Four reasons why Asia is the long-term story you cannot ignore
With many of its countries now coming out of lockdown and with Western economies struggling to come...
After a strong run in 2017, Indian equities have suffered a fall from grace in 2018, with the MSCI India index having fallen by 8.5% year-to-date in sterling terms*.
Does this mean that investors should be wary of Indian equities, or have recent events opened up an attractive buying opportunity? We take a look at the country’s economic background, its market movements over the years, and whether Elite Rated managers have a positive or negative outlook or India.
Formerly one of the largest manufacturers in the world (specialising chiefly in cotton textiles, spices and ship-building), India suffered from deindustrialisation under Britain’s reign in the mid-18th century, with its industrial output falling from 25% globally in 1750 to 2% by 1900**.
Regulation, trade barriers and increased public ownership of businesses were introduced under the Republic of India in 1947. Then, following the Indian financial crisis in 1991, the central bank reversed many of these policies. This led to significant growth.
Another big turning point for India’s economy was 2014, when pro-business Narendra Modi was elected as prime minister. He embarked on a series of economic reforms, such as investing in infrastructure, opening more sectors to foreign investors and creating a unified national tax. Many of the proposed reforms – including improving financial regulations – are yet to be rolled out.
When it comes to markets, the MSCI India index is actually one of the best-performing emerging market indices since the turn of the millennium, having achieved a whopping return of more than 600%*. It hasn’t been plain-sailing, however, as the index was one of the worst performers during the bear markets of 2008 and 2011*.
Hiren Dasani, who heads up the Elite Rated Goldman Sachs India Equity Portfolio, said the MSCI India has fallen year-to-date because of both global and local factors. A combination of anticipated faster interest rate hikes across the globe and trade war concerns, alongside investigations into lending discrepancies in the Indian public sector banking space, have bruised short-term investor sentiment.
“In our opinion, the structural case for investing in Indian equities still remains intact and we believe the markets have tempered their nervousness surrounding these concerns, focusing back on fundamentals as we continue to see overall growth pick up,” he said.
The fund’s largest sector allocation is to financials at almost 25% of the portfolio. Aside from large and mega-caps, the manager holds a 24% allocation to mid-caps and a further 15.5% in small-caps. Its largest individual weightings though include IT services firm Infosys, car manufacturer Maruti Suzuki India and HDFC Bank***.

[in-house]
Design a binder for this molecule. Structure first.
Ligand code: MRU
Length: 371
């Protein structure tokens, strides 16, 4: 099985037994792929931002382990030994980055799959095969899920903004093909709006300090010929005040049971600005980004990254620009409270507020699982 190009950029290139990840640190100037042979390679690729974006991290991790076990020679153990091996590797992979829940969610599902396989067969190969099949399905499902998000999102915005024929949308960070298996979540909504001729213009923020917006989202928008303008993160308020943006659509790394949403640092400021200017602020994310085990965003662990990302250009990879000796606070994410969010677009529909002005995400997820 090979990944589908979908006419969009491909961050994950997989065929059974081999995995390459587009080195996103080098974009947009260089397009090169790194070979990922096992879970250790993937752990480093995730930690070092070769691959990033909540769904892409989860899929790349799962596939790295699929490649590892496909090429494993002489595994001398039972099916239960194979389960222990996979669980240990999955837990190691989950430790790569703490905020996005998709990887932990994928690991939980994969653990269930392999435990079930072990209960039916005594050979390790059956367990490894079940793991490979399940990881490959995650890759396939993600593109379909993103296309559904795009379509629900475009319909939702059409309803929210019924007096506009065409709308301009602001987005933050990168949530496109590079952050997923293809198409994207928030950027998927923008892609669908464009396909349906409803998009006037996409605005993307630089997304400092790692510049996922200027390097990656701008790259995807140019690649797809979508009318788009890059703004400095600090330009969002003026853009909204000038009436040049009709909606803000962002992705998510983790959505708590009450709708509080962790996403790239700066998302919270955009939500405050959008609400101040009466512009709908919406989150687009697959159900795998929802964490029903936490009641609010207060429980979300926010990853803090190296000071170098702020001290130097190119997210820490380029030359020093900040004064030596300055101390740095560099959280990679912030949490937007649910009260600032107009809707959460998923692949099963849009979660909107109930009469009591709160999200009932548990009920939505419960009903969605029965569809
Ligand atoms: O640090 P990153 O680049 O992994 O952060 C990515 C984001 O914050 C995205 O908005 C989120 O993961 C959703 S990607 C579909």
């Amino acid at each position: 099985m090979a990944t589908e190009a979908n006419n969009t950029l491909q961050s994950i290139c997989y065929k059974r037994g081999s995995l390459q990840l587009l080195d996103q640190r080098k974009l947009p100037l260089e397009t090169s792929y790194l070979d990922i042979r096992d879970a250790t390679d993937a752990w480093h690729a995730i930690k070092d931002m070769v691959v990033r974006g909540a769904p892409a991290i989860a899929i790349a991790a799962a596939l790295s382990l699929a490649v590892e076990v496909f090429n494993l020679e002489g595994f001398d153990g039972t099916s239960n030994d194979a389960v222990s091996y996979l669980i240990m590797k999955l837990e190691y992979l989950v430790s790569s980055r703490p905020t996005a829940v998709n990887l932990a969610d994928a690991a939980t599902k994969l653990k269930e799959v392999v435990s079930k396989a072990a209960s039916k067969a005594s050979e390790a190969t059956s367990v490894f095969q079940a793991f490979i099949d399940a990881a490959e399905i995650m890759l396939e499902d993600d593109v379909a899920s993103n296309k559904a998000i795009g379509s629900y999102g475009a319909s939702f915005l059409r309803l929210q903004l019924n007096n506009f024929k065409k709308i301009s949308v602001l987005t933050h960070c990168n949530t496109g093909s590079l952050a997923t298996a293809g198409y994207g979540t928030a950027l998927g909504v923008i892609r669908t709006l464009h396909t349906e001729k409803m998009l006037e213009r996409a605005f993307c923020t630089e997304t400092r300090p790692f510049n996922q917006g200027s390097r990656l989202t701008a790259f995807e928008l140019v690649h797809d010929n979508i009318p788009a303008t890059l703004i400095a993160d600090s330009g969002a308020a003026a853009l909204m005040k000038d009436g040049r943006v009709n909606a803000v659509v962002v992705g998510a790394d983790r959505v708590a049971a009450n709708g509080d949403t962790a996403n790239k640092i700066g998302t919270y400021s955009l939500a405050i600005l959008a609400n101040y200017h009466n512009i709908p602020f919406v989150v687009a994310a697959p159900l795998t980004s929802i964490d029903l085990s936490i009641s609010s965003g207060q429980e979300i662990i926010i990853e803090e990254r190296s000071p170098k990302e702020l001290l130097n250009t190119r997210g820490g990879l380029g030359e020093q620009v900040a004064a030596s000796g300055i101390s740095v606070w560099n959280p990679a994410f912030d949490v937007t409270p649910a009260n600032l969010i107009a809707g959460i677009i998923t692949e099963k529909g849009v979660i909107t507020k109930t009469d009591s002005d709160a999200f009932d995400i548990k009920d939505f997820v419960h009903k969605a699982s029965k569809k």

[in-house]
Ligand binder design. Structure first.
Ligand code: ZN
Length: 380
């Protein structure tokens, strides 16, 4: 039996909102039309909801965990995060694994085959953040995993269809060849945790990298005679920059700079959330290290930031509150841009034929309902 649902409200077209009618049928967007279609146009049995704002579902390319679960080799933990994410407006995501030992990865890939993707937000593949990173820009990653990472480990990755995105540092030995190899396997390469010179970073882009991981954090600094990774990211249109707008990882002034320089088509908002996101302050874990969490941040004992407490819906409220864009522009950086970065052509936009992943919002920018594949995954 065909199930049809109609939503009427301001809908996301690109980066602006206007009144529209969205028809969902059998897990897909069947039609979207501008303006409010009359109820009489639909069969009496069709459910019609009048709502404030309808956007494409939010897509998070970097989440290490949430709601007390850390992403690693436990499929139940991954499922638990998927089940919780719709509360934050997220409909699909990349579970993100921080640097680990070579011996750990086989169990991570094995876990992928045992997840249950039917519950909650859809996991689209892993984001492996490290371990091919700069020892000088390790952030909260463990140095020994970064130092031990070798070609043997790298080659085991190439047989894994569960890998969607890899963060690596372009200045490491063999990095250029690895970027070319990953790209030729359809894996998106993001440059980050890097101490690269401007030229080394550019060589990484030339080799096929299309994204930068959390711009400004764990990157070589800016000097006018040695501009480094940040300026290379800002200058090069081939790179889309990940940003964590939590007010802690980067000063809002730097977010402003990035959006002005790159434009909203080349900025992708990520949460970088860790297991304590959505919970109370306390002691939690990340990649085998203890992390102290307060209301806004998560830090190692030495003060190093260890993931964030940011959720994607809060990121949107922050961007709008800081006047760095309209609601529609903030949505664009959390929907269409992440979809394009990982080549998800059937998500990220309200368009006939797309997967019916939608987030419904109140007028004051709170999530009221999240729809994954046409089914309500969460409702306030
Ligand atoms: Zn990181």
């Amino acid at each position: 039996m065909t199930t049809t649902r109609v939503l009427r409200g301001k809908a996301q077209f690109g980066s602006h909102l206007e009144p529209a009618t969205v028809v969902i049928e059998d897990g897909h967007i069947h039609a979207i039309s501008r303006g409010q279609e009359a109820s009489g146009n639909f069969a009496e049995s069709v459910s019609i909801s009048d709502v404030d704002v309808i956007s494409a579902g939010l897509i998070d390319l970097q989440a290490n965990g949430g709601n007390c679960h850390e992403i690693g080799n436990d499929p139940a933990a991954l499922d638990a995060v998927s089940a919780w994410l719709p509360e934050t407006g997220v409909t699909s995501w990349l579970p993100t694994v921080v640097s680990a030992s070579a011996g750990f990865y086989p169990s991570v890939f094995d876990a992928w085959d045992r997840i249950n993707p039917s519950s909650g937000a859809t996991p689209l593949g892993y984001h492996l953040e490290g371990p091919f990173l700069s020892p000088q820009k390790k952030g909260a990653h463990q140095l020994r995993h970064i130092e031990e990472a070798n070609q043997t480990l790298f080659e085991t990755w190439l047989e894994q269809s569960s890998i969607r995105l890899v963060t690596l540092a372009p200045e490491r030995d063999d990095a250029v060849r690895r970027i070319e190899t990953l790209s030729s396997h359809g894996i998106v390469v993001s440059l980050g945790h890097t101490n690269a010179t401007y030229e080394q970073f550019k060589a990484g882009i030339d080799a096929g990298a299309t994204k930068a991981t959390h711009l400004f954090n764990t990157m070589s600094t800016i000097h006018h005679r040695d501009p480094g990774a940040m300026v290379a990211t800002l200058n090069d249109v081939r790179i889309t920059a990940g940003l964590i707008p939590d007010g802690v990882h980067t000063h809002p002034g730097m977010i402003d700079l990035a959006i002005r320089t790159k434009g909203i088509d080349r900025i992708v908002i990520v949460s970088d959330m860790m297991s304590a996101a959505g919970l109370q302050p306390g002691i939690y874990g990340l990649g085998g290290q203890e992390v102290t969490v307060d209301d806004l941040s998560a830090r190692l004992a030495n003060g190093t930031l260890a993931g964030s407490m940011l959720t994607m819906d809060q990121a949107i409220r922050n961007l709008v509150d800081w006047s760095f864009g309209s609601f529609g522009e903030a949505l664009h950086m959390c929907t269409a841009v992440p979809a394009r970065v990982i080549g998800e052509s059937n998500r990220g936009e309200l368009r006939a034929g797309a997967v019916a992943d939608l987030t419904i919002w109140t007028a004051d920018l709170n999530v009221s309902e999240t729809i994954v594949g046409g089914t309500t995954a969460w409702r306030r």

The team at Jupiter believe that technological advancement in India is rapidly boosting economic growth. In 2009, for example, the Aadhaar (a unique identity number assigned to every Indian resident) was rolled out and, to-date, 1.2 billion people are registered****.
This has paved the way for a number of significant reforms, including Direct Benefit Transfers (when benefits and subsidies were directly paid into bank accounts) which boosted consumer spending. Not only this, he said it has reduced leakages by cutting out the middle man and stopping payments from ending up with the wrong beneficiaries.
Jonathan Schiessl, who runs the Elite Rated Ashburton India Equity Opportunities fund, said there are numerous other long-term structural factors in place which stands India in better stead than many of its emerging market peers – such as shareholder-friendly companies, a young population and well-managed companies.
“Unlike many emerging markets, the concept of the shareholder is not a new one in India. It’s about how much attention the individual companies pay to it,” he said.
“You also have some of the best-managed corporates in the globe in India. This is because, when you have such a high-growth economy, your business might be two or three times the size that it is today in 10 years’ time. You have to think really carefully about planning for expansions. That is why I think Indian corporates are very good at thinking for the long term.”
In terms of how the Indian equity market has behaved so far this year relative to its emerging market peers, Schiessl said it has opened up a wealth of opportunities. He said this is particularly apparent within the mid-cap space, because it is markedly underresearched and has been more volatile recently.
“There are still a lot of stocks that aren’t well covered,” he explained. “The other differentiator between India and many other markets is that the index isn’t being driven by a small handful of tech stocks. There are no Googles, or Facebooks, or Alibabas, or Tencents.
“Last year, Facebook’s market cap was worth more than the entire MSCI India index. China has been driven by Tencent because it counts for such a large portion of the index. In India you haven’t had that issue – if people want these kinds of stocks, they put their money elsewhere. But for everything else, there are plenty of undiscovered opportunities to be unearthed in the Indian equity market.”
*Source: National Bureau of Economic Research. http://www.nber.org/papers/w10586
** Source: FE Analytics. Total return in sterling terms. Correct as of 19 April 2018
*** Source GS factsheet, March 2018
**** Jupiter: The modernisation of India over the past decade. March 2018.